MOE’S GOES FROM ONE TO 56 LOCATIONS
Moe’s Original Bar B Que a smokin’ hot and meaty success story
Fifteen years ago, Jeff Kennedy joined his former University of Alabama buddies Mike Fernandez and Ben Gilbert to convert a 40foot hay trailer into a kitchen — the “Pig Rig” — and started smoking brisket, pork butt, ribs and yard birds. »
J eff Kennedy is sweating over a smoky barbecue pit laden with quartered chickens and racks of ribs. Even though he’s a co-founder of Moe’s Original Bar B Que, a franchise-oriented business with 55 restaurants in 16 states, he’s often found laboring in the haze of smoldering hardwood. He’s not one to boss and order people around.
“I’m a worker,” says the 44-year-old with an abiding Alabama drawl, wiping his hands on a rag dangling from his apron. “I’ve found pointing and hollering doesn’t get you too far.”
Fifteen years ago, Kennedy joined his former University of Alabama buddies Mike Fernandez and Ben Gilbert in hatching a plan they hoped would keep them locked in their post-graduate work of skiing and paddling around Vail and the Eagle Valley. They converted a 40foot hay trailer into a kitchen — the “Pig Rig” — and started smoking brisket, pork butt, ribs and yard birds over a 50gallon barrel packed with applewood on the side of U.S. 6 in Edwards. They sold out of everything for 100 days in a row that summer of 2002.
Soon they will open their 56th Moe’s Original Bar B Que, their first international shop in Mexico City, making them one of the Eagle Valley’s top business success stories. In a high-country region dominated by the billion-dollar Vail Resorts conglomerate, the trio of Alabama raised friends has grown one of the state’s most successful homegrown food franchises, opening anywhere from six to 10 stores a year. With more than $50 million in annual revenue and 1,000 employees, the Moe’s Original franchise is pacing to have 100 stores by 2020. And yes, the venerable Pig Rig still rolls into action as a back-up kitchen and mobile catering operation.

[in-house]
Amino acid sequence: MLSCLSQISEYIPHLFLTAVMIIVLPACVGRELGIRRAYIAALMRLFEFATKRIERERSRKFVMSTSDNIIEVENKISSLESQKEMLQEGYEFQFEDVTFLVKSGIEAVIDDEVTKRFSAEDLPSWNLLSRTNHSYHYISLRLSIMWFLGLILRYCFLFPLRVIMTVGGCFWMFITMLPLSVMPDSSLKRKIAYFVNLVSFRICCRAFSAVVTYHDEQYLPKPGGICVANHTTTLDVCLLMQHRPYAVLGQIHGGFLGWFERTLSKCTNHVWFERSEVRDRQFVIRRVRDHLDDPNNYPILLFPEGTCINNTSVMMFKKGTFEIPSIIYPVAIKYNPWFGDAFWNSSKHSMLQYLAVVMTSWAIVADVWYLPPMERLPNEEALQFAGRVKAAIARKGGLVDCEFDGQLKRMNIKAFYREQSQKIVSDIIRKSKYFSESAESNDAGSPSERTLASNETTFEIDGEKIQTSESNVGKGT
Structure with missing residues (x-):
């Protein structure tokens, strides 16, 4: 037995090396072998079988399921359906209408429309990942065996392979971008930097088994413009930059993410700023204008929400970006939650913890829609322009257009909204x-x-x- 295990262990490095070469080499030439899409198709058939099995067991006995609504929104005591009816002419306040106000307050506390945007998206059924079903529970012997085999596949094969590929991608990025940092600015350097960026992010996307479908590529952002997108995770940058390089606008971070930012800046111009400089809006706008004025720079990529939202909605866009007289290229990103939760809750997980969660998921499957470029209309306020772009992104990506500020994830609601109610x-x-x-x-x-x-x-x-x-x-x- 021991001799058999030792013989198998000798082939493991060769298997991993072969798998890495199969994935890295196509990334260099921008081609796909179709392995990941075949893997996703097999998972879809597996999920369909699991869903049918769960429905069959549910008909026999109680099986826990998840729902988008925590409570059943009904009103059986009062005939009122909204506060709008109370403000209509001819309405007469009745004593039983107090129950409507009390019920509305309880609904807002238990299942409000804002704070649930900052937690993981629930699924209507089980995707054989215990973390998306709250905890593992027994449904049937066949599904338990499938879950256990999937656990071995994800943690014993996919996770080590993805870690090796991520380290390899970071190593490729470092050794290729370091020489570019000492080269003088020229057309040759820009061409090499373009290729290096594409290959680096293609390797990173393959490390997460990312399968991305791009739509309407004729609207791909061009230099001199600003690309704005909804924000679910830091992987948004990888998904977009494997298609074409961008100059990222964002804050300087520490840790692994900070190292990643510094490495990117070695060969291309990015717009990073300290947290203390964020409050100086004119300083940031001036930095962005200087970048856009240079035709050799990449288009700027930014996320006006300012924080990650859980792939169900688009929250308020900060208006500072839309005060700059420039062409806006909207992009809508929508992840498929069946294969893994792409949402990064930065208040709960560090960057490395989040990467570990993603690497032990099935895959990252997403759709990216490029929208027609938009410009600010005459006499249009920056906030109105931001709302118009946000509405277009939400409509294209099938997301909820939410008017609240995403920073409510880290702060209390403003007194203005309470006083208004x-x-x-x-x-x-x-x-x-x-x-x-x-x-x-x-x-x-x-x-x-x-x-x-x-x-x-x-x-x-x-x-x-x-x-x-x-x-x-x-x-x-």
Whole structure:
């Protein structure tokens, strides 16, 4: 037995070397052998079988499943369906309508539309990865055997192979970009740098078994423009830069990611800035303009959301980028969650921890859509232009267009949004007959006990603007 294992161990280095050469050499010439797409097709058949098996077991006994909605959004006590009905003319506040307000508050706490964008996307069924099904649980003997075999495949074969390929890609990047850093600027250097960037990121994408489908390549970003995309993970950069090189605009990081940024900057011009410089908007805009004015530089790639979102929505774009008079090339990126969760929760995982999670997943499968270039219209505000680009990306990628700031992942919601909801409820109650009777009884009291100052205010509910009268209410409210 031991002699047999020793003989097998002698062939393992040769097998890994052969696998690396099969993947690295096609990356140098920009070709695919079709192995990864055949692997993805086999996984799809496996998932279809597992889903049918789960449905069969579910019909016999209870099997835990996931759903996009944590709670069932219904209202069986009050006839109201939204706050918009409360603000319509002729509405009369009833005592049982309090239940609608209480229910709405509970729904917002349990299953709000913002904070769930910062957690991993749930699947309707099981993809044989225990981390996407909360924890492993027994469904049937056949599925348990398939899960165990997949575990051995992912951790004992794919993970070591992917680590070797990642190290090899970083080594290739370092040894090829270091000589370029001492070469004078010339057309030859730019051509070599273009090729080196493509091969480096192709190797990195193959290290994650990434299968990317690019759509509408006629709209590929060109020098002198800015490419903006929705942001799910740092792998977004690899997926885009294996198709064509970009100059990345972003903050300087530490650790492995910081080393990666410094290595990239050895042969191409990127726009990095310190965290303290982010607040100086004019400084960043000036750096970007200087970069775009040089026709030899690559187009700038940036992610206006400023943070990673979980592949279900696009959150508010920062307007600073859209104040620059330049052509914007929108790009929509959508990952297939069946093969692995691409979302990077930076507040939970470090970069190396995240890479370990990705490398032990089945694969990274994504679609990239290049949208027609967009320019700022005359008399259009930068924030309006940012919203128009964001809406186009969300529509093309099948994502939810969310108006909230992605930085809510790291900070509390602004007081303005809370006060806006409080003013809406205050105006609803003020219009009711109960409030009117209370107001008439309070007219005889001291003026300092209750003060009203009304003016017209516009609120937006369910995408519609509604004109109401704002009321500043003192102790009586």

Unlike major franchise owners who work behind desks, Fernandez, Kennedy and Gilbert reign from behind the pit. At their Eagle shop and the slopeside store they opened in Vail’s Lionshead Village in 2002, the trio has trained dozens of partners — most of them from southern colleges like themselves — who have gone on to open their own Moe’s Original locations. In many ways, the Eagle and Vail shops are Moe’s universities, offering a steady stream of Alabama, South Carolina and Georgia 20-somethings a chance to start their own businesses.
A lot of their workers and eventual partners come from the south — harvested from SEC schools and the ever-traveling tribe that chases Georgia’s own Widespread Panic.
“We’ve networked a lot through Panic,” says Fernandez, laughing at how they tend to always run out of barbecue around noon when the band has a nearby show that night.
“The kids” — that’s what the Moe’s founders call their workers and partners — just keep feeding the Moe’s machine.
“They move out here and we give them a job and they live with friends and ski,” says Kennedy, a father of two who lives a few blocks from the Eagle shop.
Ties to South
Usually, one in three sticks around longer than a season and keeps working at Moe’s with a plan to open their own store. And those workers lure more friends from the South.
“It just keeps refilling itself,” says Fernandez, who worked his way through college learning the intricacies of smoked meat from Tuscaloosa, Ala., barbecue legend Moses Day.